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Jonathan “Aggers” Agnew, 53, played 218 matches for Leicestershire and three Tests for England. He has been the BBC’s cricket correspondent and a member of the Test Match Special team since 1991.
What was your earliest ambition?
I always wanted to be a professional cricketer, which meant I didn’t work as much as I should have done at exams. But, happily, it came off.
Public school or state school? University or straight into work?
Uppingham, a public boarding school, from the age of eight. I was a professional cricketer from 16.
Who was your mentor?
[Cricket commentator] Brian Johnston. Had I not worked with him for three years, I’d probably want to be the broadcaster I am now, but I wouldn’t have had the confidence.
How physically fit are you?
Not nearly enough, despite the best intentions. I walk the dogs for an hour a day but I hate gyms. A stone could easily come off if I tried.
Ambition or talent: which matters more to success?
Without ambition, drive and the willingness to make sacrifices, I don’t think you get anywhere.
Have you ever taken an IQ test?
I must have done at school, but I don’t remember seeing the results.
How politically committed are you?
I really enjoy politics. It might have been something I would have gone into if I wasn’t doing what I’m doing now. The trouble is, I would have had to go straight in as prime minister. I wouldn’t have been a good backbencher.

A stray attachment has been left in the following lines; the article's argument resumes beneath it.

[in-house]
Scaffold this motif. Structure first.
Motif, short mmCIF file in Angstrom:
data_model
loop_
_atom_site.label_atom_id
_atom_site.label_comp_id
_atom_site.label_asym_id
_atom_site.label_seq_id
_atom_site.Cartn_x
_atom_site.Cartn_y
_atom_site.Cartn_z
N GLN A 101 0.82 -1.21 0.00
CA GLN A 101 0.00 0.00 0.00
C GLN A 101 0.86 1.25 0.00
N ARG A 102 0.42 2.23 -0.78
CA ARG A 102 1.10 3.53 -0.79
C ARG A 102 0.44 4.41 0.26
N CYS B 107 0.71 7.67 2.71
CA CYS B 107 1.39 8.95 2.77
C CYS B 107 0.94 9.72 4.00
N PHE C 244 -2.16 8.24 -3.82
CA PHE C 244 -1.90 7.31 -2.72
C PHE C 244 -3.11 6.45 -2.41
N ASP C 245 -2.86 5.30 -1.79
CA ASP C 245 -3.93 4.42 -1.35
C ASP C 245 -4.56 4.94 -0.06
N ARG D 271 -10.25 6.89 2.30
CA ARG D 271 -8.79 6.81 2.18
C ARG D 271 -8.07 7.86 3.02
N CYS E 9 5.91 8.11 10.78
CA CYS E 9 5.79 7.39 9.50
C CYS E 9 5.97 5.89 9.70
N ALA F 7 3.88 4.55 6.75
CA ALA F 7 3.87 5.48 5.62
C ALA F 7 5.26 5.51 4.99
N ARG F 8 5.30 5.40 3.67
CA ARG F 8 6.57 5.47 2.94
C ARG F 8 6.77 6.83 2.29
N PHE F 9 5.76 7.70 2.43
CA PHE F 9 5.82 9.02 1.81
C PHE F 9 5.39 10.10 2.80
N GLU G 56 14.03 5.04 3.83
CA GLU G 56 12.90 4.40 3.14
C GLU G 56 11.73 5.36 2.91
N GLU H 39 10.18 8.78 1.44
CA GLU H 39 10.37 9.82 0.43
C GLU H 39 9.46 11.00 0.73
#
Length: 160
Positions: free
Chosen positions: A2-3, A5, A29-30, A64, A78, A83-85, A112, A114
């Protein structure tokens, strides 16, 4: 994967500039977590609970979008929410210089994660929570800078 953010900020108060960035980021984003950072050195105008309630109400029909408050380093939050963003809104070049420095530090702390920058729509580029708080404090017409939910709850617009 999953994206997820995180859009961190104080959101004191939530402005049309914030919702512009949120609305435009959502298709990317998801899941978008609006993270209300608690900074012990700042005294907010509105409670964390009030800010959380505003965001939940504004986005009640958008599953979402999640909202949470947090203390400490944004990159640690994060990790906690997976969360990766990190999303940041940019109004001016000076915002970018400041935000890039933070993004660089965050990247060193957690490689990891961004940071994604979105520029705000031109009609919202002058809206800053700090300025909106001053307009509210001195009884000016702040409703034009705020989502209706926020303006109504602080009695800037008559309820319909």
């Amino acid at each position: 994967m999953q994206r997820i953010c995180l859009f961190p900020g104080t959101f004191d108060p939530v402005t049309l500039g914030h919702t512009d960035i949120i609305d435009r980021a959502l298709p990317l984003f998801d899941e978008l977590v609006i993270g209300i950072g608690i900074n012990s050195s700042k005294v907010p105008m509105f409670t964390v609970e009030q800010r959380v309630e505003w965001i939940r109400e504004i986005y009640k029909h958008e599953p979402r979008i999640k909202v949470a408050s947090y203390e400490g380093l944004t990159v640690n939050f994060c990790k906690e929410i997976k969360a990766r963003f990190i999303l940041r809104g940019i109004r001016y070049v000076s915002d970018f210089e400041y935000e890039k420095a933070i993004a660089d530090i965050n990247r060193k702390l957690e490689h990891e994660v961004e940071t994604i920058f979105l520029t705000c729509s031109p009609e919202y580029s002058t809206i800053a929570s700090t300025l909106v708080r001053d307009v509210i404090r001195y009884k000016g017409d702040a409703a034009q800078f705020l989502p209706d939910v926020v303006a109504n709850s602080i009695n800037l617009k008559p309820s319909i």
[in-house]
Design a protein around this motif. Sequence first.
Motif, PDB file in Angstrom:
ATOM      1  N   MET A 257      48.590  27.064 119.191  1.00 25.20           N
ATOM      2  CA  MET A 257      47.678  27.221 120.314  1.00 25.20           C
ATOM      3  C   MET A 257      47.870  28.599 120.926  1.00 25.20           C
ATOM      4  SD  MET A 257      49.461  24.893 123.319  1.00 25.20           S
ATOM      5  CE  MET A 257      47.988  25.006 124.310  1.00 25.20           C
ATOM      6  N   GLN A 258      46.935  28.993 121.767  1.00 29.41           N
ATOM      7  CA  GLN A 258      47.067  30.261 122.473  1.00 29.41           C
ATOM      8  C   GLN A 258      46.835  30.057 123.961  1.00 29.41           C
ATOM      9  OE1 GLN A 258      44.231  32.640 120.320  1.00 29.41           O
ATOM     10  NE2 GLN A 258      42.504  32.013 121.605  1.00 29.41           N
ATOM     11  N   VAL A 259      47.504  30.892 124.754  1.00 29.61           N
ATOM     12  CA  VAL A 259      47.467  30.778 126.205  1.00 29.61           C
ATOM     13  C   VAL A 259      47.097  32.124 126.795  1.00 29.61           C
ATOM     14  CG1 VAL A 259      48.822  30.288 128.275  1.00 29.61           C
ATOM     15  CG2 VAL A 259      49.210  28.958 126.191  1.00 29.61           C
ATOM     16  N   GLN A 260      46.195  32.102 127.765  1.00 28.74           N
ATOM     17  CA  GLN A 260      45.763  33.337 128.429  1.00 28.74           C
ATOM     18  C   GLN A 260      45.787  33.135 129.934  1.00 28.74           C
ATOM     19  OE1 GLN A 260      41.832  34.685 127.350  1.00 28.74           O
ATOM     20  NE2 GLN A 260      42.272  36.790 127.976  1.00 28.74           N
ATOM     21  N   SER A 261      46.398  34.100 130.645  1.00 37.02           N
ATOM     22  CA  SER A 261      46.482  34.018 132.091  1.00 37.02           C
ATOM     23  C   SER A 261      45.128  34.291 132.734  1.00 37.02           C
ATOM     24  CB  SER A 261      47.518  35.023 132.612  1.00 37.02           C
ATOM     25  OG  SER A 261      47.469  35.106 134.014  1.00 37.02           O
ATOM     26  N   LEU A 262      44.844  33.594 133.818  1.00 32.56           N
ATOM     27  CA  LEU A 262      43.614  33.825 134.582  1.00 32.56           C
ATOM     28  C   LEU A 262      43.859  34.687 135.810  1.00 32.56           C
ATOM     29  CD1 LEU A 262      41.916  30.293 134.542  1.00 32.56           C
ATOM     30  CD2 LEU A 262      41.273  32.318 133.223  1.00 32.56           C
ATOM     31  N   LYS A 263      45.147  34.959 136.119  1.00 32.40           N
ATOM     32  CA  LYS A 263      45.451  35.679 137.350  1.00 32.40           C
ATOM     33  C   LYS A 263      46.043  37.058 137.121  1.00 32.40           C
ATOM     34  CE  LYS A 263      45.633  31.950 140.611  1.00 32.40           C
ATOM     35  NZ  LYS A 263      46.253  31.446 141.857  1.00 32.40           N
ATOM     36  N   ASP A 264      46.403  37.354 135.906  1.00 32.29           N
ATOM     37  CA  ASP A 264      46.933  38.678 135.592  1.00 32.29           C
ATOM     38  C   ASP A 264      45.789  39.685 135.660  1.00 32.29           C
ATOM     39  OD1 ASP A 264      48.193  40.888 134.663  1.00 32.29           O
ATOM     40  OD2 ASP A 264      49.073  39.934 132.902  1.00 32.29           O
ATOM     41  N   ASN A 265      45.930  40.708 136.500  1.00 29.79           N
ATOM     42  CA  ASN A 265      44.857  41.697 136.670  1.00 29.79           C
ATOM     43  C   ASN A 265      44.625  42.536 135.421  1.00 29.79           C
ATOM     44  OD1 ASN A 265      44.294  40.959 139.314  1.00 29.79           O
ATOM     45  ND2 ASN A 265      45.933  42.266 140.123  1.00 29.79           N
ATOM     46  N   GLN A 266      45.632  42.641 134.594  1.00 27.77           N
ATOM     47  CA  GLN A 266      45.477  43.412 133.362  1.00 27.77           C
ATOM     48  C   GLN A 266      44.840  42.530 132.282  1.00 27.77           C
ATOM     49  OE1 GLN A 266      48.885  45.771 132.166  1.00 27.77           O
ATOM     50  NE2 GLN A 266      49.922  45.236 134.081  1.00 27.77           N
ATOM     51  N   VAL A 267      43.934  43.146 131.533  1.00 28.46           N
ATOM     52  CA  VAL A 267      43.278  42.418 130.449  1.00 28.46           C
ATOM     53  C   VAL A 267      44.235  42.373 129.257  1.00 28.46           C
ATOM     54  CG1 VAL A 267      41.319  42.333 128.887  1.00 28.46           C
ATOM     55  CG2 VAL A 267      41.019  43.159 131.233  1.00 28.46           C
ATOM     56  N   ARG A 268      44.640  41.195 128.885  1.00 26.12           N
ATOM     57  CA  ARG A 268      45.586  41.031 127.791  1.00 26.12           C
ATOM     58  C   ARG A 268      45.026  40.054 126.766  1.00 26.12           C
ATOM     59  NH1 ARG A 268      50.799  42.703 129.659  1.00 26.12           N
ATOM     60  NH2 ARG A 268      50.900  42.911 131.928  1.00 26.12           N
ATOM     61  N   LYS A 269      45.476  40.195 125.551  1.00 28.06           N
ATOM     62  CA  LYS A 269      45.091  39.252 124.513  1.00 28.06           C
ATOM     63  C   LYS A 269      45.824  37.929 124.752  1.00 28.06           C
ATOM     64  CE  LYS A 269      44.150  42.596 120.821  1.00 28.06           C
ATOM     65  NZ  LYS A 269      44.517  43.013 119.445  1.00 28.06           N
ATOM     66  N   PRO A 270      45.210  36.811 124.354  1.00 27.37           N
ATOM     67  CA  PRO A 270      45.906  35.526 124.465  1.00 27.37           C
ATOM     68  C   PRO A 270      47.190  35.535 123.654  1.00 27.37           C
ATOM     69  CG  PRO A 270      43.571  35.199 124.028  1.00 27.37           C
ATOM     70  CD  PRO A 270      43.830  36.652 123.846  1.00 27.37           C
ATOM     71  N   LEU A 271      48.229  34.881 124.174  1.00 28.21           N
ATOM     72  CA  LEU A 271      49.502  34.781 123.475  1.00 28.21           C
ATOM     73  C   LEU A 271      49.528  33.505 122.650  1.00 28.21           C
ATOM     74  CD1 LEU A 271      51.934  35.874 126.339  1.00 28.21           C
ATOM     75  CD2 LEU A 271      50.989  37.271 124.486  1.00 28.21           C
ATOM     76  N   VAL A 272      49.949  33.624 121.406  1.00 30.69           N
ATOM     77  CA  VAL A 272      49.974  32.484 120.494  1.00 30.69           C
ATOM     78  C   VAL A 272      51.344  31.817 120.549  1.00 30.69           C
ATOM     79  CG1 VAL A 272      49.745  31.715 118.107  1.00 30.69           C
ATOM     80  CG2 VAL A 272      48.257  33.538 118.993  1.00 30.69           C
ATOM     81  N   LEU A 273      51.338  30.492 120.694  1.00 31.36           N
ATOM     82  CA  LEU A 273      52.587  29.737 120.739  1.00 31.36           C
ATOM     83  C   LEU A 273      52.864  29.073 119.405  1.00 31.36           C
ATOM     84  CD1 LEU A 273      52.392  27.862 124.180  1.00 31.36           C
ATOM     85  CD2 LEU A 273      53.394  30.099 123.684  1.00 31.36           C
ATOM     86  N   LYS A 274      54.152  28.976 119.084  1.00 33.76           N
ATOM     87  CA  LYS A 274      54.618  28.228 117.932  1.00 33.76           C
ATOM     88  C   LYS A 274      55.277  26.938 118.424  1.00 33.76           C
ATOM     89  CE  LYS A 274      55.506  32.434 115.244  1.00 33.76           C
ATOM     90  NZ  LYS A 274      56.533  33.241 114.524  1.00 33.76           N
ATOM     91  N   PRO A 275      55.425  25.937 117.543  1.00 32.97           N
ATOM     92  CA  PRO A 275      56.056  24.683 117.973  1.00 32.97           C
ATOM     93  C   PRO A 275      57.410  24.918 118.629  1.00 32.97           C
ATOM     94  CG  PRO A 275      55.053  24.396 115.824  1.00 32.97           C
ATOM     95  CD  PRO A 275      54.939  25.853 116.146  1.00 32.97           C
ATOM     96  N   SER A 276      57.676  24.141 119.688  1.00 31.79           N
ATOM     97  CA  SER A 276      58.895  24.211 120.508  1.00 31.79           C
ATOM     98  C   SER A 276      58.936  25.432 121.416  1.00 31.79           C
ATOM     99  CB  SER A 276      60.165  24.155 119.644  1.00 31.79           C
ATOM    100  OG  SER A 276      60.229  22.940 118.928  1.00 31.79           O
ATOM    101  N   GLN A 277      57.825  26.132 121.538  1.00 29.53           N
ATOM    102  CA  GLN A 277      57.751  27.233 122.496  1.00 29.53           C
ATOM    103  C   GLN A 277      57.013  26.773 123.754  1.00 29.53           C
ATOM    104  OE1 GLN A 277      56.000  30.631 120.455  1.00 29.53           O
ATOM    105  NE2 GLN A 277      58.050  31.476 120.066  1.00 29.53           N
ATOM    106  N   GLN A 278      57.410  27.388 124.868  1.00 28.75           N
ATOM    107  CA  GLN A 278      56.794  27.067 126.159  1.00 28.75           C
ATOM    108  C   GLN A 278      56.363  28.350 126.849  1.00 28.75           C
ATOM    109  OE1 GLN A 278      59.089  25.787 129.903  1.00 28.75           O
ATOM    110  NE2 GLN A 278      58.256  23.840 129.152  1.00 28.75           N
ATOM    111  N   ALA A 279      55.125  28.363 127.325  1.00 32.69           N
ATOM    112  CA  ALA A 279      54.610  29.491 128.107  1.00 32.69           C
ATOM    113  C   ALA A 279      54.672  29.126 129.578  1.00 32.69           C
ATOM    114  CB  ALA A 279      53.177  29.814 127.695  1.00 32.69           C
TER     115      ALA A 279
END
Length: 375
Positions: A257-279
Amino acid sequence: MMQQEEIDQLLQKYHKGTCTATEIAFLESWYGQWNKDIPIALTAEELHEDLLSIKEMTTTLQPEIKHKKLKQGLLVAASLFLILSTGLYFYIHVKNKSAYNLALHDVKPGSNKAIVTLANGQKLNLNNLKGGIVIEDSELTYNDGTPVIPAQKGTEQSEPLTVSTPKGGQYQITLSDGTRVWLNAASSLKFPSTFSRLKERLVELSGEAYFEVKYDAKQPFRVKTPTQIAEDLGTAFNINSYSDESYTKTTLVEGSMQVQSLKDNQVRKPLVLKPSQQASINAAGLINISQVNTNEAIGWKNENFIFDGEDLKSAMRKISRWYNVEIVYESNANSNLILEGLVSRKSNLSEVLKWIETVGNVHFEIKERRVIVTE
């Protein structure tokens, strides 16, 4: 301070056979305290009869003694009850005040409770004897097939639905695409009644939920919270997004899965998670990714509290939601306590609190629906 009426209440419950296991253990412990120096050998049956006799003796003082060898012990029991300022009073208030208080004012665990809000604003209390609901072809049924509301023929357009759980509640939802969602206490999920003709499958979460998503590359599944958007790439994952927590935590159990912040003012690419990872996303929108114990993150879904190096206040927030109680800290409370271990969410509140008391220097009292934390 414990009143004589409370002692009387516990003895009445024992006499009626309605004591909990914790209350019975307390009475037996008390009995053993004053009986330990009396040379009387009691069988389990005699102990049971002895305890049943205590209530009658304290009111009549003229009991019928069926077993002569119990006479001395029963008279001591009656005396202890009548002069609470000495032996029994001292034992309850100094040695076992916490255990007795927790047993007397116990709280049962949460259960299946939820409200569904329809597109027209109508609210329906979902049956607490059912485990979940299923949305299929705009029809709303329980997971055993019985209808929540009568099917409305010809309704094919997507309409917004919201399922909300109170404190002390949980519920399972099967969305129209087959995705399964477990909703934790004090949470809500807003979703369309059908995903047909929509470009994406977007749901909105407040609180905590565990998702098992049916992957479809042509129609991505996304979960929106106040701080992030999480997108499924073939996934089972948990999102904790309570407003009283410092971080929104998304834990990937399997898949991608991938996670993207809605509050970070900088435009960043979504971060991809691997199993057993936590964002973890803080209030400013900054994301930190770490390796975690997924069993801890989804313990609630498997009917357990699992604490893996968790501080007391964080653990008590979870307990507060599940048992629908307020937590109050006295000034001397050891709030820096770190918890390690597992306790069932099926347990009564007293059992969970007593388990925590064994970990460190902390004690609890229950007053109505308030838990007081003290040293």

Do you consider your carbon footprint?
No. I suppose I should, but it’s tricky because I can’t think how you’d get to New Zealand or Australia without flying.
Do you have more than one home?
What would you like to own that you don’t currently possess?
I really can’t think of anything.
What’s your biggest extravagance?
A share in a single-engine aeroplane.
In what place are you happiest?
At home, with the phone off.
What ambitions do you still have?
I’m ferociously competitive so I want to be the best. There’s still a long way to go to become the consummate broadcaster and cricket commentator.
What drives you on?
The above. Every professional sportsman has that drive in them.
What is the greatest achievement of your life so far?
To have become a good stepfather, which is not an easy position to assume. I’ve been lucky to have two great stepkids to help me do it.
What has been your greatest disappointment?
Divorce. You don’t get married to get divorced and it has to be regarded as a failing, especially if there are children involved.
If your 20-year-old self could see you now, what would he think?
“Where has all my hair gone?”
If you lost everything tomorrow, what would you do?
There’s a book everyone should read: The City of Joy by Dominique Lapierre, about life in Calcutta. The message is that, however awful your life is, it’s still worth living, if your family and health are intact.
Do you believe in assisted suicide?
Yes and I actually offered it to my stepchildren’s father, who had motor neurone disease – about the cruellest that can be inflicted. It was a sort of unspoken understanding between us. If he had wanted me to take him, I would have done it.
Do you believe in an afterlife?
I cling to the hope that there might be but, realistically, if there is, it must be pretty crowded.
If you had to rate your satisfaction with your life so far, out of 10, what would you score?
Nine. If I could press the pause button, I’d happily do it now.
‘Cricket: A Modern Anthology’, by Jonathan Agnew, is published by Blue Door/HarperCollins, £25